By the time we drove around the Farm Loop to the Flight Deck, close to fifty people-mostly photographers-were squeezed onto the platform. I jockeyed for position and began shooting. The cranes were landing at the northernmost end of the pond. I made this image as the sun was setting. I was struck by the bands of pastel colors which seemed to divide the scene into layers. Soon after the light was gone and we headed back to the motel for the night.
The next day, Saturday, we took a leisurely drive around both the Marsh Loop and the Farm Loop. At the north end of the latter, we found several hundred of the more than fourteen-thousand Sandhill Cranes that were estimated to be at the refuge that weekend. The two below are “dancing”; such posturing is practiced from an early age to improve co-ordination, train flight muscles, and share emotions. Dancing is a form of social bonding in a family unit and is also a prelude to mating. For obvious reasons, this posture is called: “the jump”.
As we drove through the refuge, the cacophony of cries, hoots and wails from the birds reminded us that we were in an extraordinary place. As I mentioned earlier, there were more than fourteen-thousand cranes at the refuge at the time we were there, but there were also: eighty-seven-thousand ducks, fifty-seven-thousand geese, and a number of other avian creatures too numerous to count. Once again, as we had the night before, we found ourselves at the “Flight Deck” as sunset approached. This evening, however, we found a less crowded place from which to view and photograph the flight: a small, flat area at the north end of the pond, right at the water’s edge, where a couple of other photographers had already assembled. From this vantage point, we had an unobstructed view of the incoming cranes and, as most of them were favoring the north end of the pond, we were much closer to the action than we would have been on the deck. I made this image of a Sandhill crane as he stretched his wings shortly after landing. The sun was low and the light subtle.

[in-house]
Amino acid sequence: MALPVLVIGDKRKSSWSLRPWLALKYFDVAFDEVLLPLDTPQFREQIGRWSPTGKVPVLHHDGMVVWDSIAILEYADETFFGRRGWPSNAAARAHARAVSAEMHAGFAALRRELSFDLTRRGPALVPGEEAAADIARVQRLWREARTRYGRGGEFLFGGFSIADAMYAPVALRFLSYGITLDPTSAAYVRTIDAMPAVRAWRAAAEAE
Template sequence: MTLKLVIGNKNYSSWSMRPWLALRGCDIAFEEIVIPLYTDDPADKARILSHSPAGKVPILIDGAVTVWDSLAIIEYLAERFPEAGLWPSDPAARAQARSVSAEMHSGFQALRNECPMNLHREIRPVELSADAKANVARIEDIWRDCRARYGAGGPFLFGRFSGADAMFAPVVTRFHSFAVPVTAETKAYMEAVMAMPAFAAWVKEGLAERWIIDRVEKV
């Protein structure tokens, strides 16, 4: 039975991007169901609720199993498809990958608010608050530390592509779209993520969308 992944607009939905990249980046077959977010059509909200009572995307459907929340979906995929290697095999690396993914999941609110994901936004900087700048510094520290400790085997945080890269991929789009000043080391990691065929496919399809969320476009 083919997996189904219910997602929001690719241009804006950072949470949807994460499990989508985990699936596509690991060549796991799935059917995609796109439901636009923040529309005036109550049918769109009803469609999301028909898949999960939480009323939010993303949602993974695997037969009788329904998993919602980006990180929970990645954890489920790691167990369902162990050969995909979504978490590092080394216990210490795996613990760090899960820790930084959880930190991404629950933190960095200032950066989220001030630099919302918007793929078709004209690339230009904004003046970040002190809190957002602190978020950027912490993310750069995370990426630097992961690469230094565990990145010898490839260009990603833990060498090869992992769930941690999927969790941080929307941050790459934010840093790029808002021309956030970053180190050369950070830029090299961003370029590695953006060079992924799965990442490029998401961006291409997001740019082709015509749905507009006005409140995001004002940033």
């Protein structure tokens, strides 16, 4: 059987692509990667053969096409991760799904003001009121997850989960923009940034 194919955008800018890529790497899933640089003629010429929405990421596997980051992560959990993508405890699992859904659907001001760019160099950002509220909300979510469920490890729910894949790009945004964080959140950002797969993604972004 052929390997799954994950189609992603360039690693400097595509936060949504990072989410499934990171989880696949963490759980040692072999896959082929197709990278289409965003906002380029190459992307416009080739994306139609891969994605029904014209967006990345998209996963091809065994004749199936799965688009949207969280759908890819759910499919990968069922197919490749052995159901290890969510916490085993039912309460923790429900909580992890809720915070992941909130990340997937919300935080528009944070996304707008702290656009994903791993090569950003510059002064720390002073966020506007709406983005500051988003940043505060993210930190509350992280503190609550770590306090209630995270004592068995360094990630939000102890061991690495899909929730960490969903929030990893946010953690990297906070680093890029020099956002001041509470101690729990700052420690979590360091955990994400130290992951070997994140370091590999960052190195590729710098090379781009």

Of all the times to photograph the birds at the Bosque, I think the best (and the most difficult) is at sunrise. On Sunday morning, we were at Chupadera Pond just before the sun came over the Oscura Mountains to the east. The cranes were beginning to stir, and as they performed their morning rituals, they had to pull their feet through a skim of ice on the pond. All the grooming, squabbling, dancing, and posturing is preparation for the morning flight when the cranes leave their watery roosts and take to the skies in search of food.
These two are exhibiting a behavior which signals an imminent take-off. They stretch their necks, leaning forward as if to test the wind before they pull the trigger and take wing. Usually the birds will then fly off to the fields, but sometimes, they will fly only a short distance and then return to the pond.
I captured this male as he was landing during one of these turn-arounds. There were several hundred birds at the Chupadera Pond that morning. We stayed and photographed their comings and goings for nearly three hours before the last of them finally flew off. As we left the pond, we decided to make one last drive around the entire loop, which includes both the Marsh Loop and the Farm Loop. Near the southern end of the marsh, I noticed movement in the diversion channel and pulled over. It was there that I found this Great Blue Heron hunting for his breakfast. I carefully got out of the car and set up my tripod and camera. As he moved up the channel, I followed him. Finally, we were both rewarded as he darted forward and came up with his morning meal.
As a photographer, I gain a great deal of satisfaction from images such as these. The ability to capture a fleeting moment and preserve it for others to enjoy is perhaps the ultimate reward.
This was the scene at the farm fields at the north end of the Bosque del Apache NWR on Saturday morning. It is fairly typical for this time of year. Most of the birds have arrived for their winter stay at the refuge. On this particular morning there were 9,527 sandhill cranes, over 40,000 snow and Ross’s geese, 3 bald eagles, and over 300,000 ducks of various species. There were also innumerable LBBs (little brown birds), and an unknown number of deer, coyotes, bear, and other mammals. Oh yeah, and at least one mountain lion (one trail was closed due to recent lion sightings). All in all, a pretty respectable showing.